Miscellany

It’s been sparse the past month or two.  Sorry about that; not much free time.  And to tell the truth, I seem to write more stuff when I need to vent, and things are going pretty well lately.

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I finished Fallout 3.  What a blast.  I rarely finish games — I think that Bioshock was the last one I ran all the way through — but Fallout 3 was a ton of fun once I “got it” maybe three hours of game play in.

The install-to-hard-disk option on the 360 is fantastic, by the way.  I installed Oblivion, and installing it makes the experience a lot more pleasant.  I might sink quite a few hours into Oblivion, assuming I can make it past closing the first portal without going nuts.  (Bethesda fixed the “make a zillion potions” bug, which is keeping me honest).

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It turns out that I’ve been programming in C for longer than my new office mate has been alive.

One of the pleasures of being an old fart: I got to watch his expression when I introduced him to Duff’s Device.

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Niven and Pournelle return to first their vision of Hell, Inferno, 30 years later with the sequel Escape From Hell.  I enjoyed it, but think that the last half was too much like the “chatty fluff” that Niven started writing after Ringworld Engineers — enemies are too logical and willing to listen to reason (“Oh, ultimate heat-death of the universe?  Sure, I’ll set aside my weapons.”), and the plot gets into the weeds (“I know we have to escape from the Big Dumb Object, but first we have to figure out some side-mysteries involving ice cream and clergy…”).

More than I expected, and worth reading.  But I miss stuff like The Mote in God’s Eye — there’s a class of book that I wish I could read for the first time again.

 

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8 Responses to Miscellany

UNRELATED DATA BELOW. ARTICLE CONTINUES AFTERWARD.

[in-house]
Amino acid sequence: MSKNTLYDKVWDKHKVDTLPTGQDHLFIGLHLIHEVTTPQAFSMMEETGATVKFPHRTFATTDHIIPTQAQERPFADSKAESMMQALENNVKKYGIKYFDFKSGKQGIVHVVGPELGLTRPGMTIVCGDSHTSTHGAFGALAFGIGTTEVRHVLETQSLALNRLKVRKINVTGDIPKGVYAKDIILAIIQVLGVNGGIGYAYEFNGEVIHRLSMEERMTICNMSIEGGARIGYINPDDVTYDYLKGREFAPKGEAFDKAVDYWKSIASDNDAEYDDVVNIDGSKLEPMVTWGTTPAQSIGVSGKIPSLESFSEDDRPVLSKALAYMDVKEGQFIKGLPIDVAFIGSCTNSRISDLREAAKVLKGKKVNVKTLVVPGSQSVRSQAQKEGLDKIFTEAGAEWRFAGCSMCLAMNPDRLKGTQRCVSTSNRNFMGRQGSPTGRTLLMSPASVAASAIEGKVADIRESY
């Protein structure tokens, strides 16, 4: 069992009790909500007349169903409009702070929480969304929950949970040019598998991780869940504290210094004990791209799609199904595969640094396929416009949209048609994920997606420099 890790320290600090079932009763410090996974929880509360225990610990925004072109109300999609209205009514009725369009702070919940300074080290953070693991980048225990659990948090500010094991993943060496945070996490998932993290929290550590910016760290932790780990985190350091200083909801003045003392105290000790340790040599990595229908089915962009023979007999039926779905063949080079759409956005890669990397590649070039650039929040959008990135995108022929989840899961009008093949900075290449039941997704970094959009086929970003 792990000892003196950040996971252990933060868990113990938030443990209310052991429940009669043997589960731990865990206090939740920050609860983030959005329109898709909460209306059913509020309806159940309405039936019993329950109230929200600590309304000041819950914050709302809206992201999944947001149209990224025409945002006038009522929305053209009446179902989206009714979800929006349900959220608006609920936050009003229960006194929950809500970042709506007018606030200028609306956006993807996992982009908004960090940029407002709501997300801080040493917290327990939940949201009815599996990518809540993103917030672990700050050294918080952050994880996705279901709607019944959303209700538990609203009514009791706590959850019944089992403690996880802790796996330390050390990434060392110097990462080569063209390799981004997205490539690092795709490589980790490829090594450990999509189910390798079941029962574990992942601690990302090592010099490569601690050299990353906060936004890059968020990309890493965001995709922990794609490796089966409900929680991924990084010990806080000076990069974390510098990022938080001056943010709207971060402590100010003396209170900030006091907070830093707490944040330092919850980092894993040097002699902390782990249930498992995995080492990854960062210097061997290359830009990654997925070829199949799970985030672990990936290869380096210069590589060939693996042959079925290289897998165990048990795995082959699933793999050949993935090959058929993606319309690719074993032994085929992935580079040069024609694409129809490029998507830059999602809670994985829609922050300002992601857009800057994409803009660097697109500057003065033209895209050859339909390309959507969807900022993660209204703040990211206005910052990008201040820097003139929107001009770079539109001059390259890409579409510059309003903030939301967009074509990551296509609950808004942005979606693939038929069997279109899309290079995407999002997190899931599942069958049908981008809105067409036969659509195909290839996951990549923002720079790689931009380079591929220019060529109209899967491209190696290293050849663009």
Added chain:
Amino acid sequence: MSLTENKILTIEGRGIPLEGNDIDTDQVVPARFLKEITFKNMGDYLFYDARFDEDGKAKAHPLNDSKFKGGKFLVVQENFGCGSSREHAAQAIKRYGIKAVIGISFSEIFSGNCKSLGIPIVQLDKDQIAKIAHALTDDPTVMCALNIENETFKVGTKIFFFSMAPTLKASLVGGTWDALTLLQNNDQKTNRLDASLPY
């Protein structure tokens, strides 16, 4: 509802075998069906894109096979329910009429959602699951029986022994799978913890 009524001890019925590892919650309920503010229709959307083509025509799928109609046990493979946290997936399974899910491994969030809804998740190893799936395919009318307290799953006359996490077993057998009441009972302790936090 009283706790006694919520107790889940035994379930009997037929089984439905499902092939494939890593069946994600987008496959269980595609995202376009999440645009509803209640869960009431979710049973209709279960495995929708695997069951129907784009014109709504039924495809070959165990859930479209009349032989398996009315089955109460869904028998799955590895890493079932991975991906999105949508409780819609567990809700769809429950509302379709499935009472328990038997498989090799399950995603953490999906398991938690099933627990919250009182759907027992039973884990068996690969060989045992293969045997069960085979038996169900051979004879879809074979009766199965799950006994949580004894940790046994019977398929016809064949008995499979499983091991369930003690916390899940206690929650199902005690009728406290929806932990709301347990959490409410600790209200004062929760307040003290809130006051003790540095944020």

1. Rob says:

    Ha! I was reading the comment about Niven and Pournelle and immediately thought, “I have to recommend Mote I.G.E. or be sure he’s read it…” Then I finished the post. I read it for a class (!) in college, and have saved it all these years since. What an enjoyable book.

    As someone who started programming in 79, I enjoy reading another old-timer. Thanks!

  2. Shannon says:

    Yes, Duff’s Device is definitely an eye-opener for those Java-weened, web-whacking young’uns. Driver writing is not for the faint of heart.

  3. Adamantyr says:

    I hadn’t heard of Duff’s Device before.. I knew about loop unrolling, but that’s pretty cool. I’ll have to try writing a version of it in pure assembly.

  4. James says:

    Oblivion is fun. If you play ’em right, dark elves are one of the most versatile classes. That 75% resistance to fire makes Oblivion gates a bit easier, too.

    I hadn’t seen of Duff’s Device before, either. o_O

  5. Anon says:

    I’ve seen warnings against Duff’s Device style loop unrolling in well featured optimising compilers. The argument I’ve heard is that it’s only worth when you really are smarter than the compiler (apparently it’s not enough to think you are smarter).

  6. markchd says:

    As games go, I found it odd that someone else had only played through Bioshock and Fallout three in the past two years. I’ve replayed a classic or two, and Braid was pretty ingenious, but I feel those were the only full-fledged console games worth my time and $60. Good call.

  7. Joe Ganley says:

    Big laugh – I was first introduced to Duff’s Device in an interview in the late 80’s, when my interviewer wrote it on the whiteboard and said, “What does this do?” I’m sure I made the same expression as your coworker when I figured it out.

  8. me says:

    Ah, books. A young and edgy bookseller at Barnes and Nobles recently disregarded my old-poopery of mentioning that I just keep looking for new books from my favourite authors (in my defense, it was a knee-jerk reaction to having someone attempt to help you shop more than the whole truth) by introducing me to Patrick Rothfuss. And I thought I didn’t like reading fantasy… the book is outstanding, and I feel quite indebted to said bookseller. Also, very silly.

    In SF, the best new talents I’ve encountered in a while are Chris Moriarty (mindblowing, I have to reign in my righteous “she should put her family on hold and write that next book for me now” babbling) and Richard K Morgan.

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